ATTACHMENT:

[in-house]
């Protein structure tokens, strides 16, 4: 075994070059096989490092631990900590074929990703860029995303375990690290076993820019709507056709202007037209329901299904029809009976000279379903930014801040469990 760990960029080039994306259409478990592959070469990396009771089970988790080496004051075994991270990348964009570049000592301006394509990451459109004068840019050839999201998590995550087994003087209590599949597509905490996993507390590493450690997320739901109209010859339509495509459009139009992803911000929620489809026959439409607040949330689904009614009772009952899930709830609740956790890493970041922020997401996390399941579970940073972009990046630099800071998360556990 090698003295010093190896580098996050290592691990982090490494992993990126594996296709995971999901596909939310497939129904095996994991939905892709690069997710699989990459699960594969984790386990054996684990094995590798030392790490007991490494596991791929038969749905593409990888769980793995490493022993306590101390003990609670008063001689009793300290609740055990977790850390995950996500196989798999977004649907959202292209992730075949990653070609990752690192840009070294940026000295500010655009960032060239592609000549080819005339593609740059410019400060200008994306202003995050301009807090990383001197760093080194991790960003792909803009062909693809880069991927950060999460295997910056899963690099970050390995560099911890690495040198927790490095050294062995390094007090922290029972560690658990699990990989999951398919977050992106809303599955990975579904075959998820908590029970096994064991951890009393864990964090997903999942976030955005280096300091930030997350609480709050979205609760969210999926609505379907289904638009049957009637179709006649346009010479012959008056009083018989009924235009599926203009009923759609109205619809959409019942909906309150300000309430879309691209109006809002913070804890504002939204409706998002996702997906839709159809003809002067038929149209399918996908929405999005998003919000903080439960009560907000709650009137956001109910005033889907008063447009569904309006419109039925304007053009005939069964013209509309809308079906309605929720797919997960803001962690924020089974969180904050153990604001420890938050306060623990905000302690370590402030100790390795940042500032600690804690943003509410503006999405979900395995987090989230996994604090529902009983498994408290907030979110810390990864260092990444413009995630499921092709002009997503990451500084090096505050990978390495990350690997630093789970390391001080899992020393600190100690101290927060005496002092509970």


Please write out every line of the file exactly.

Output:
[in-house]
């Protein structure tokens, strides 16, 4: 075994070059096989490092631990900590074929990703860029995303375990690290076993820019709507056709202007037209329901299904029809009976000279379903930014801040469990 760990960029080039994306259409478990592959070469990396009771089970988790080496004051075994991270990348964009570049000592301006394509990451459109004068840019050839999201998590995550087994003087209590599949597509905490996993507390590493450690997320739901109209010859339509495509459009139009992803911000929620489809026959439409607040949330689904009614009772009952899930709830609740956790890493970041922020997401996390399941579970940073972009990046630099800071998360556990 090698003295010093190896580098996050290592691990982090490494992993990126594996296709995971999901596909939310497939129904095996994991939905892709690069997710699989990459699960594969984790386990054996684990094995590798030392790490007991490494596991791929038969749905593409990888769980793995490493022993306590101390003990609670008063001689009793300290609740055990977790850390995950996500196989798999977004649907959202292209992730075949990653070609990752690192840009070294940026000295500010655009960032060239592609000549080819005339593609740059410019400060200008994306202003995050301009807090990383001197760093080194991790960003792909803009062909693809880069991927950060999460295997910056899963690099970050390995560099911890690495040198927790490095050294062995390094007090922290029972560690658990699990990989999951398919977050992106809303599955990975579904075959998820908590029970096994064991951890009393864990964090997903999942976030955005280096300091930030997350609480709050979205609760969210999926609505379907289904638009049957009637179709006649346009010479012959008056009083018989009924235009599926203009009923759609109205619809959409019942909906309150300000309430879309691209109006809002913070804890504002939204409706998002996702997906839709159809003809002067038929149209399918996908929405999005998003919000903080439960009560907000709650009137956001109910005033889907008063447009569904309006419109039925304007053009005939069964013209509309809308079906309605929720797919997960803001962690924020089974969180904050153990604001420890938050306060623990905000302690370590402030100790390795940042500032600690804690943003509410503006999405979900395995987090989230996994604090529902009983498994408290907030979110810390990864260092990444413009995630499921092709002009997503990451500084090096505050990978390495990350690997630093789970390391001080899992020393600190100690101290927060005496002092509970």